The subtitle of this post should perhaps be “Kierkegaard’s Conception of Time As I Understand it”, but Kierkegaard scholars might strongly disagree with me. I’ve been meaning to write this ever since I read “Concluding Unscientific Postscript to Philosophical Fragments”, as part of an overall review of the book, but that review is long overdue. A recent discussion with an atheist friend of mine on religious belief reminded me of this conception of time and how it influences our conception of God.
My friend presented what I would call “cause and effect” argument against belief: People in ancient times believed in God or the supernatural because there were natural phenomena that they didn’t understand and couldn’t attribute to natural causes. With the advance of science and technology, all the natural phenomena either have been or can be attributed to natural causes, therefore, there is no basis for belief in God.
I was reminded of a news story I had read a while back: when the kids in an elementary school were asked where the eggs came from, some answered, “From the supermarket”. Who needs the chicken when you have the supermarket?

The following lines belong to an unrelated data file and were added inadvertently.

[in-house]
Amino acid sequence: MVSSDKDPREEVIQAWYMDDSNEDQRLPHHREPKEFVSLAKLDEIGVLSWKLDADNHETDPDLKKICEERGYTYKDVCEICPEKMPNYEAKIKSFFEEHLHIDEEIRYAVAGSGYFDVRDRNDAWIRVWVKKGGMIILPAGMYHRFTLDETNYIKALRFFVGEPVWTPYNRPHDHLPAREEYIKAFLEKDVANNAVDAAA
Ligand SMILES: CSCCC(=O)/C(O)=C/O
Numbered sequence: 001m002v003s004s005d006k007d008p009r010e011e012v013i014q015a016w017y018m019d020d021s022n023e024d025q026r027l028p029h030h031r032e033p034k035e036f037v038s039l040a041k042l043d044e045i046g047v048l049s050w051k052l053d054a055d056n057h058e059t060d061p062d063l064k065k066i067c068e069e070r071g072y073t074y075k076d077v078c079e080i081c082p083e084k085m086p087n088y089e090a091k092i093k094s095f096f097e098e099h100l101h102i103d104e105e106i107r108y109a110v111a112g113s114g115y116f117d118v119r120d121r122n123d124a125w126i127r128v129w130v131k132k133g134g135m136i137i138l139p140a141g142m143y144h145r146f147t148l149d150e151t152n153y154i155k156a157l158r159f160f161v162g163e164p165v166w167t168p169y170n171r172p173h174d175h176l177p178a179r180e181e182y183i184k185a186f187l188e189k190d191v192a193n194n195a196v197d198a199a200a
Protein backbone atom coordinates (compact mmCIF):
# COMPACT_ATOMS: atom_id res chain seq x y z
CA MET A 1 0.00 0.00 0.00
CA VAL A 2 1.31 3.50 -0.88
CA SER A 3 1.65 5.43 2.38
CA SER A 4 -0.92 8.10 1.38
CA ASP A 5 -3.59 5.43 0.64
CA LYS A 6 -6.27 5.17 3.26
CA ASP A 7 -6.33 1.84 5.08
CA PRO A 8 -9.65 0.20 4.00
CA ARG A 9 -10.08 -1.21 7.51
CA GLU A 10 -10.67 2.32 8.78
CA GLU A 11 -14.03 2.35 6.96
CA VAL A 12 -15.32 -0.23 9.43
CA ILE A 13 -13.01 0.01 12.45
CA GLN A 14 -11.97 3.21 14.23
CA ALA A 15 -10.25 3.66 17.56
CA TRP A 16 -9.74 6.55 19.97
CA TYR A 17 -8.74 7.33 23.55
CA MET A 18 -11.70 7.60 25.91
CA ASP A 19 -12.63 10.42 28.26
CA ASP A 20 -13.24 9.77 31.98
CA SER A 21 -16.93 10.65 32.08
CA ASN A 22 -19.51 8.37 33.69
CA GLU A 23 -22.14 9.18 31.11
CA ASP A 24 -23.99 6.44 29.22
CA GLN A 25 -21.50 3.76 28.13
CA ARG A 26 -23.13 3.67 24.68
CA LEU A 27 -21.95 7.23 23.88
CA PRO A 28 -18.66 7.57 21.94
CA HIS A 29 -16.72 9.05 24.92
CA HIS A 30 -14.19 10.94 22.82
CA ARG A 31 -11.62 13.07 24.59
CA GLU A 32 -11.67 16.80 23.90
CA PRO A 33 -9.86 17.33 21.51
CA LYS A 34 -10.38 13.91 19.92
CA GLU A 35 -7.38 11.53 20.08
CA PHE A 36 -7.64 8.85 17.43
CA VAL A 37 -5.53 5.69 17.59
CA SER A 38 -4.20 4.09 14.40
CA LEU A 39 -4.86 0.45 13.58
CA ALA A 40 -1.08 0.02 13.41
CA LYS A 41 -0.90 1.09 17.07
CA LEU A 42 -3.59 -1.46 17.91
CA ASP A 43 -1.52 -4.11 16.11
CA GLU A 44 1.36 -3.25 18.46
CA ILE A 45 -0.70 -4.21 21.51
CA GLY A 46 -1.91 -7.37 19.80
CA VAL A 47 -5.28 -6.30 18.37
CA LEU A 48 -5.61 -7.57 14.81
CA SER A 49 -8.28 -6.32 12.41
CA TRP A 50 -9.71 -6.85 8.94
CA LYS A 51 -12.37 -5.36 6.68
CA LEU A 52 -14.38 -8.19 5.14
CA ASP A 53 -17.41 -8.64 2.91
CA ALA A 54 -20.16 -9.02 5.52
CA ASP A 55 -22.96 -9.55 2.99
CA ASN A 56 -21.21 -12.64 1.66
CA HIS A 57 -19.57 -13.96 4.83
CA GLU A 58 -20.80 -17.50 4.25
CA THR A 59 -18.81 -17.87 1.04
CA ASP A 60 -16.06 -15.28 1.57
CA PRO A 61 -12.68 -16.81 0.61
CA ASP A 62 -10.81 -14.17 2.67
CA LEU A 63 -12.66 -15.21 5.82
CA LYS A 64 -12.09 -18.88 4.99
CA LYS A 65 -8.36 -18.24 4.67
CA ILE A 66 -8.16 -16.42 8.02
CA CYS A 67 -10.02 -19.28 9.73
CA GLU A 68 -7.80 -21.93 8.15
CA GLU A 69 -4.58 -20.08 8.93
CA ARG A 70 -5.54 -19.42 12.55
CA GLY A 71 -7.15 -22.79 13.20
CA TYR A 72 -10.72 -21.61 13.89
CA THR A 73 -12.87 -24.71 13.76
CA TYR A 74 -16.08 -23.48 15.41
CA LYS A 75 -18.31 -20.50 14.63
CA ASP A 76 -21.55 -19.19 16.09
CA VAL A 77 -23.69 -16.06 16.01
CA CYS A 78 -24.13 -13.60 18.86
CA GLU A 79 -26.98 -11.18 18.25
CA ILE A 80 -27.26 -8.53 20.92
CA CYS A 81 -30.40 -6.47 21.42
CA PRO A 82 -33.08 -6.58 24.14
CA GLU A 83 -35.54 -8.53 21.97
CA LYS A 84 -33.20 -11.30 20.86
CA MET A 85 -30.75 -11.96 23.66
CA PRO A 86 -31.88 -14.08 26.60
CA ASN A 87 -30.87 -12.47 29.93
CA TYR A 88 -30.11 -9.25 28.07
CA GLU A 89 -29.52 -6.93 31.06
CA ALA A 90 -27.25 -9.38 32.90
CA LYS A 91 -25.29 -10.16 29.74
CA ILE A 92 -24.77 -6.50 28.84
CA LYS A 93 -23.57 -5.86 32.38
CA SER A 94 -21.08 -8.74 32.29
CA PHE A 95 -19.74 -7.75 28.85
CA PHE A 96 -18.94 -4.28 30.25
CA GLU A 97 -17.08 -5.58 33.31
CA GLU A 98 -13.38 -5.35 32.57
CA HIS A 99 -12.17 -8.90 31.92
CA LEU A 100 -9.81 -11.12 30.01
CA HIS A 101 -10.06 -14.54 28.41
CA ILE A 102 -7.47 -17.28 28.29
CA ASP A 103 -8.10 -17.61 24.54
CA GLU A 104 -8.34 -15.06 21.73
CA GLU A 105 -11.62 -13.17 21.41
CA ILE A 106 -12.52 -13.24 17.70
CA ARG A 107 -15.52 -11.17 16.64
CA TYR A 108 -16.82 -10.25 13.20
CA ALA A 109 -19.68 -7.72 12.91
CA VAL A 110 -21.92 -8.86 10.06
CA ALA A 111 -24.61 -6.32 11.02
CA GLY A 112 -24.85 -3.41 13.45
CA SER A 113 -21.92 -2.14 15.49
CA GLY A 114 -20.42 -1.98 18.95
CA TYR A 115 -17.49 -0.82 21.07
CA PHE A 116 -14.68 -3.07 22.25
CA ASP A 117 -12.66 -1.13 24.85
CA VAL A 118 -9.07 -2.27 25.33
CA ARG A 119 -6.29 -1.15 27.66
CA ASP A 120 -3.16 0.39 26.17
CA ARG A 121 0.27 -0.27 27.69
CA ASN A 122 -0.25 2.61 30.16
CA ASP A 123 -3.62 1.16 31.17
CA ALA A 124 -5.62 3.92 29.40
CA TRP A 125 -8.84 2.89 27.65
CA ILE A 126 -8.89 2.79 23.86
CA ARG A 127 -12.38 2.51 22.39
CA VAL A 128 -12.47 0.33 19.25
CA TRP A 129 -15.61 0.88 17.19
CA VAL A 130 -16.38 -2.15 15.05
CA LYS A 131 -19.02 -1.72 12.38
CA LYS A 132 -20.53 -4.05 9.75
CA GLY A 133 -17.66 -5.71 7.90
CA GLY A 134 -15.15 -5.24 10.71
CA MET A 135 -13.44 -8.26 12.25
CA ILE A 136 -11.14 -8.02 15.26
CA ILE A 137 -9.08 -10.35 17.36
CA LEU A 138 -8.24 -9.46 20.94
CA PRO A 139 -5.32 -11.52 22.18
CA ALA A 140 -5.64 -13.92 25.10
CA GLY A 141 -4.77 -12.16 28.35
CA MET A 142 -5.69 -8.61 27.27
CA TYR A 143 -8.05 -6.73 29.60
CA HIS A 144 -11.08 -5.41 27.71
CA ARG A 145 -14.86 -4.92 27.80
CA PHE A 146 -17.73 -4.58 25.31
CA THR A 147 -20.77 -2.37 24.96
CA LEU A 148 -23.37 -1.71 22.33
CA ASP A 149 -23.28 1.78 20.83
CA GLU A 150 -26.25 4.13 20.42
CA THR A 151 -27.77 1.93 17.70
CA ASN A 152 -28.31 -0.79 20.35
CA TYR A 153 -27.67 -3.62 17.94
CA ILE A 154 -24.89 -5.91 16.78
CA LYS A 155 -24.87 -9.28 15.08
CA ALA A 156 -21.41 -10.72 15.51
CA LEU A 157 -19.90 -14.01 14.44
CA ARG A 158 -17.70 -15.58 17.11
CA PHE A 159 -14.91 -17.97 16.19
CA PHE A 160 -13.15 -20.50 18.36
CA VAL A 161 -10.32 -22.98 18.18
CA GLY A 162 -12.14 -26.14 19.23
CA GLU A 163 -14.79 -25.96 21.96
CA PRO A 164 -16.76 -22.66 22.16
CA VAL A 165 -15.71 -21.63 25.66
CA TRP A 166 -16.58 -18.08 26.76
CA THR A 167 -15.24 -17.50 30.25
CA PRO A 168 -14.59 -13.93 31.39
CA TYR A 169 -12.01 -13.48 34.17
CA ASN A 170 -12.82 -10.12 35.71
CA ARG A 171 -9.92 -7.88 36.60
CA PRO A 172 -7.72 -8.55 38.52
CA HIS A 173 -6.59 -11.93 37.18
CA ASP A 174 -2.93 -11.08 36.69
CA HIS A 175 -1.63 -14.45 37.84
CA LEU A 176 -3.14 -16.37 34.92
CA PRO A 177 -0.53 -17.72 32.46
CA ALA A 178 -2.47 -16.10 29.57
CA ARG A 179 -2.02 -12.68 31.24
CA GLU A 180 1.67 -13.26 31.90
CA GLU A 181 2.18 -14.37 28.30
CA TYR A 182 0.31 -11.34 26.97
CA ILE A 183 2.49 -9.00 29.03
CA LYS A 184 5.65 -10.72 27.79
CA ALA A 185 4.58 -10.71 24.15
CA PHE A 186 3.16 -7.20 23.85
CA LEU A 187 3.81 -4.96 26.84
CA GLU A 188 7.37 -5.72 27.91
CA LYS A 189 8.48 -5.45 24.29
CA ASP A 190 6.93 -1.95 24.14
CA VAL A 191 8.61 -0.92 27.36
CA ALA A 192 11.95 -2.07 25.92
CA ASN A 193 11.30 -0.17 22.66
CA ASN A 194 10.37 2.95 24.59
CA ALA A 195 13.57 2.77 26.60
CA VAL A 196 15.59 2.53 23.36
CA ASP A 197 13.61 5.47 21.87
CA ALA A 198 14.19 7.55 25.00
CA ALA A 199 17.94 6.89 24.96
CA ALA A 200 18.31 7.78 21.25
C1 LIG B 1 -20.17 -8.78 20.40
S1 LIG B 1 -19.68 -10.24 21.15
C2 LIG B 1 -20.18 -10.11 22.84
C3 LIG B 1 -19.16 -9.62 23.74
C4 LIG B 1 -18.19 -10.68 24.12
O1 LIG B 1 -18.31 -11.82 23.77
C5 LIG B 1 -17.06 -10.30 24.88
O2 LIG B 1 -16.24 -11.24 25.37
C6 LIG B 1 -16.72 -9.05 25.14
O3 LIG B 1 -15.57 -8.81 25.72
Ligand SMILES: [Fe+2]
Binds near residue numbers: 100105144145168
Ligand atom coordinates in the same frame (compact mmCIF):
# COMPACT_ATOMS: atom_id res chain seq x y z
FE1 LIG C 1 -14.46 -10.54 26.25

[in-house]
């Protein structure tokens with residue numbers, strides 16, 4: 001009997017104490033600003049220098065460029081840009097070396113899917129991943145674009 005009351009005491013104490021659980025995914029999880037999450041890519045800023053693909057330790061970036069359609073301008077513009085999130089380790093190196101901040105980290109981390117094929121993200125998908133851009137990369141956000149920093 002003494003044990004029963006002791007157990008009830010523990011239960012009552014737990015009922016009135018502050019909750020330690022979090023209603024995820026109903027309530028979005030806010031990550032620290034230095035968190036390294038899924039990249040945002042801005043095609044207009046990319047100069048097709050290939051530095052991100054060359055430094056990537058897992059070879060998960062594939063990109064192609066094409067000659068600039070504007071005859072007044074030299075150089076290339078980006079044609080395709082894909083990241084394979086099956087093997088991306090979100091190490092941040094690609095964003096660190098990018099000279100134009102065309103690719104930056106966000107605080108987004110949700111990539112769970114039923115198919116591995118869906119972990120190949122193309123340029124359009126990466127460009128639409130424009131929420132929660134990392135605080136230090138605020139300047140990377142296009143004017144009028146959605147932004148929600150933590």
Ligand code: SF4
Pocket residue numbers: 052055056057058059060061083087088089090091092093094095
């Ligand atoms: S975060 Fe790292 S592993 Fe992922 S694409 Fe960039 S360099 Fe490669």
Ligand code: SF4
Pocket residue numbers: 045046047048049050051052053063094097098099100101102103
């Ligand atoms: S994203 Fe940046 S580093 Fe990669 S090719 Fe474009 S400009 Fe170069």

In philosophical terms, the existence of a secondary cause doesn’t remove the possibility, even the necessity, of the first cause. The difference is that the former is replaceable whereas the latter is not. If you close the supermarket, the eggs could still come from the local farmer’s market. Even if you destroy an instance of nature, the laws governing nature still exists.
Where there is Law, there is Intelligence. To paraphrase Plato, if there is intelligence in the puny brain of man, there must be Intelligence in the universe which is vastly superior to man. Conversely, I guess one can argue that there is no such thing as human intelligence or the human mind, because we can observe the natural causes of all human thoughts and actions. Imagine one could take a 3D video of the human brain and ask someone on the street: “Do you see any evidence of intelligence in this?”
But I digress…
Causality and Time